Working from a tall ladder or on a steep roof is dangerous, and it often requires special equipment. If the installers don’t have this equipment, they have to rent it; either way, they’ll pass the cost to you in the form of a surcharge. In many cases, it’s possible to screw the cap directly to the chimney liner, but in some cases, the cap may have to be anchored to the brick or set in fresh concrete, and that also adds to the installation cost. When the installers inspect the chimney, they may discover that it’s cracked or unstable, and that it needs repair. That will also lead to extra charges.
Things to Consider
Difficulty of Installation
In most cases, installing a chimney cap is a simple project that doesn’t involve any modifications to the chimney or the fireplace. The cap, which must be sized to fit snugly onto the chimney, can either be screwed to the chimney liner -- which is usually metal -- or it can be anchored to the chimney edging. After securing the chimney cap, the installer then seals the edges with silicone sealant to ensure the proper flow of combustion gases and keep water out of your chimney.
The height of the chimney is a factor that affects cost; high chimneys that require ladders or scaffolding are more expensive to retrofit than low ones. You should also expect to pay more if your roof is steep and installers need roof jacks or scaffolding to work safely. Other accessibility issues, such as roof tiles, excessive vegetation around the house and seasonal hazards, such as ice, also affect the labor costs.
Before You Begin
Know What’s Involved
Not all chimney cap installations are standard ones. Both the type of cap you choose and the difficulty involved with installing it can affect your final cost. Moreover, you may have to pay for some chimney repair before you can install a cap. Your pro may not know the scope of the job before he gets on the roof to take a look, so be sure to find out if any repairs or extra work are involved.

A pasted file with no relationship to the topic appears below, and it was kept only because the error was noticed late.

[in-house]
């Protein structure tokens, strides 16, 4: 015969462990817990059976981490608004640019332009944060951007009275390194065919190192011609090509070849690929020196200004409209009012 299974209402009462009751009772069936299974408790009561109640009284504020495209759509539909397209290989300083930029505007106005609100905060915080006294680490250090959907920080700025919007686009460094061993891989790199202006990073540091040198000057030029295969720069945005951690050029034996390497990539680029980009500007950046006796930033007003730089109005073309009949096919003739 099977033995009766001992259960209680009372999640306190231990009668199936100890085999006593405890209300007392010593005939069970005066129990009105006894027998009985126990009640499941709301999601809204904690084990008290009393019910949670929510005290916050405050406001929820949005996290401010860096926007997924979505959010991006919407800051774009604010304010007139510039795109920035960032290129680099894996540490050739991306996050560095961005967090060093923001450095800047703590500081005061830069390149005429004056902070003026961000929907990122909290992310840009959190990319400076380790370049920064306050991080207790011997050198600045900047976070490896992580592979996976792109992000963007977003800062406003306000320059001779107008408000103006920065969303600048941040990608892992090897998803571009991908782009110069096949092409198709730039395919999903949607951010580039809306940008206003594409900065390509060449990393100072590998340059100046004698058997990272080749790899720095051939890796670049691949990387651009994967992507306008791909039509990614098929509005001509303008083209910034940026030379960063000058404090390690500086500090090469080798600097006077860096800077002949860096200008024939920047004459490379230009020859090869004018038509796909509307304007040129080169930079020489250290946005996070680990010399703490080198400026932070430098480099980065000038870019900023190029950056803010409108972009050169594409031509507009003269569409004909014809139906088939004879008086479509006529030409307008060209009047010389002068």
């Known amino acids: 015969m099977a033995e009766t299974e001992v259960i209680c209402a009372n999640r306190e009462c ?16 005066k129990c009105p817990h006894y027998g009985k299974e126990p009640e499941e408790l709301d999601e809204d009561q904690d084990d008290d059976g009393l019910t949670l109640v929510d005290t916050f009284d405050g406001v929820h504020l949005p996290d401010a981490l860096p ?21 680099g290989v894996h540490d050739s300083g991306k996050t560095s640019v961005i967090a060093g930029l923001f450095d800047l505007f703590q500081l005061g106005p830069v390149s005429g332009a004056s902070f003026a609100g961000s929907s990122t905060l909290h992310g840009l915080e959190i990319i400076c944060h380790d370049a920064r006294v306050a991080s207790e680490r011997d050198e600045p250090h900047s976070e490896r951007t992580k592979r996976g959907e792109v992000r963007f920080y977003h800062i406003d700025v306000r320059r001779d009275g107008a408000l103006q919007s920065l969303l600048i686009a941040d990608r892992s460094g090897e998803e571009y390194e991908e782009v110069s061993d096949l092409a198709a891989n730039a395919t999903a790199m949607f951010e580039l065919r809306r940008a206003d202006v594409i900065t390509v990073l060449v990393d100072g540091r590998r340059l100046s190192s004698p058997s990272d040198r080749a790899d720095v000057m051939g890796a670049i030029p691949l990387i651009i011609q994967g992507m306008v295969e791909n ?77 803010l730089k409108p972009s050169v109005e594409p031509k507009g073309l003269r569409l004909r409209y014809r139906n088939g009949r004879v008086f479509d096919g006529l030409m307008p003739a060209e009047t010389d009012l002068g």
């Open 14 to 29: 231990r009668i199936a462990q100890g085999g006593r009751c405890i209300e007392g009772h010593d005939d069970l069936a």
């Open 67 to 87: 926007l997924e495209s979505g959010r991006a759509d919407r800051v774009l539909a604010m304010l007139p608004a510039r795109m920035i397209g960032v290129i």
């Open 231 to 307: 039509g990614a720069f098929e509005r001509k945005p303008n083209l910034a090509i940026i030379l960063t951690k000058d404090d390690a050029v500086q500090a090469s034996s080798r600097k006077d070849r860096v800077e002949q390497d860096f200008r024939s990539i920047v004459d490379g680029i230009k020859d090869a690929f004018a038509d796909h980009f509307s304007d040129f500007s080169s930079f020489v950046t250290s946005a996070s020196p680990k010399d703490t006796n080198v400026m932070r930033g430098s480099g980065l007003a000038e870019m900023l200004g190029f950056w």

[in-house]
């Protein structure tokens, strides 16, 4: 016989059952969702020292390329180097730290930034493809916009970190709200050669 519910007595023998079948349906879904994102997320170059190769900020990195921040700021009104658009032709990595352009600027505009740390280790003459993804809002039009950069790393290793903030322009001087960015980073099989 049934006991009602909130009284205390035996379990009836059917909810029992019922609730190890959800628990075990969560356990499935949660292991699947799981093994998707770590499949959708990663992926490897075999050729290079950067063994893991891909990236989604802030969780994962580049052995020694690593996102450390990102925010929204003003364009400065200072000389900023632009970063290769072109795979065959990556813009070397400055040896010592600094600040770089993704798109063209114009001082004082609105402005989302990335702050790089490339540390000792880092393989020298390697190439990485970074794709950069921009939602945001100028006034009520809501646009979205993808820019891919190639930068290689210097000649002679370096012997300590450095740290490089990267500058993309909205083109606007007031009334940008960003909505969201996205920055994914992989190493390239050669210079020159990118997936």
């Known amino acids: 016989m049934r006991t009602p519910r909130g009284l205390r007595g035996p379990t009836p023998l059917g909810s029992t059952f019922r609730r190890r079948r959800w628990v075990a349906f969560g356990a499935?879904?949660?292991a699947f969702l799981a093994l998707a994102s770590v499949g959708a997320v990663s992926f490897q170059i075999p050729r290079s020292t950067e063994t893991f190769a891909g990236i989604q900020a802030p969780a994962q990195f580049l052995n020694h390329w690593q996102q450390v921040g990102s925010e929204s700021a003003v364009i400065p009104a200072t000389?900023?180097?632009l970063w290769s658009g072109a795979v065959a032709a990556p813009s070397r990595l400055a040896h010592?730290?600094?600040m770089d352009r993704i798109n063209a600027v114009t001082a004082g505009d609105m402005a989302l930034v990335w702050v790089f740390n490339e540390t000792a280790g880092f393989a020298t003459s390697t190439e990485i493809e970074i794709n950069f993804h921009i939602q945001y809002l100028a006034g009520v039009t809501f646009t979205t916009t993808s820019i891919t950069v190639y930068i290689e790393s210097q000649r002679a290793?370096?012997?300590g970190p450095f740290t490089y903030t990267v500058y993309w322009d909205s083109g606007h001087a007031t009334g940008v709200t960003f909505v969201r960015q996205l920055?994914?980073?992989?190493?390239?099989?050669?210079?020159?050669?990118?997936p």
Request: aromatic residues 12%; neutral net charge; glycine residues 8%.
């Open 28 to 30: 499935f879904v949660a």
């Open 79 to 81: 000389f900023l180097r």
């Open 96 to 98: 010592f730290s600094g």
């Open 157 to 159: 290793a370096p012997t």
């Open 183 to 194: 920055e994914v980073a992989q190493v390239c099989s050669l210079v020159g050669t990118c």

Before you call anyone, go on your roof -- if it’s safe to do so -- and take a few measurements. You need to know the dimensions of the chimney perimeter, as well as those of the flues or chimney liner. If your chimney has multiple flues, you need to know how many there are. You also need to know whether the chimney has rectangular, oval or circular flues or liners. That information will help you choose the right cap for your chimney.
|$50 - $250||$120 - $550||$450 - $1,200|
If you choose a galvanized steel cap and are able to install it yourself, you only need to pay for the cap, screws and silicone sealant. If you can’t do the work yourself, but the job isn’t too difficult, add a nominal installation fee. If the task requires special equipment, techniques or repairs to your chimney, the costs go up accordingly.
DIY Installation: $50 - $250
- • Materials: The main cost factor is the price of the chimney cap itself, which can vary from $30 for a small basic galvanized steel one to $250 or more for a large decorative copper one.
- • Labor Costs: Because you’re doing the work yourself, you won’t have any labor expenses.
Basic Professional Installation: $120 - $550
- • Materials: The materials costs for a basic installation is the same as for a DIY one. They can vary from $50 to $250.
- • Labor Costs: Besides the cost of the cap, factor in the labor costs for a 2- to 3-hour job. These costs depend on location and availability of labor and should fall in a range from $70 to $300.
Professional Installation with Complications: $450 - $1,200
- • Materials: The materials for a complicated installation may include mortar, bricks and other repair materials as well as a custom cap. These materials could cost from $250 to $500.
- • Labor Costs: Your chimney may require a small amount of repair, or it may have to be virtually rebuilt before you can install a cap. Depending on local rates, labor could cost between $200 and $700.
Level of Difficulty
If a chimney has a metal liner to which you can screw the cap, the roof is safe and the chimney isn’t too high, it’s entirely possible for a homeowner to install a chimney cap and save the installation costs. Installing a cap in fresh concrete or anchoring one to a brick or masonry chimney, however, is a job best left to pros, especially if there are any factors that make working on the roof hazardous.
Find a Chimney Cap Installation Pro
If you’re ready to install a chimney cap or if your chimney needs repair but you don’t want to do the job yourself, get in touch with a qualified Chimney Cap Installation Pro in your area to get the project underway. Even though this is a relatively small job, don’t hesitate to get several estimates so you can choose the pro who is the best fit for the job.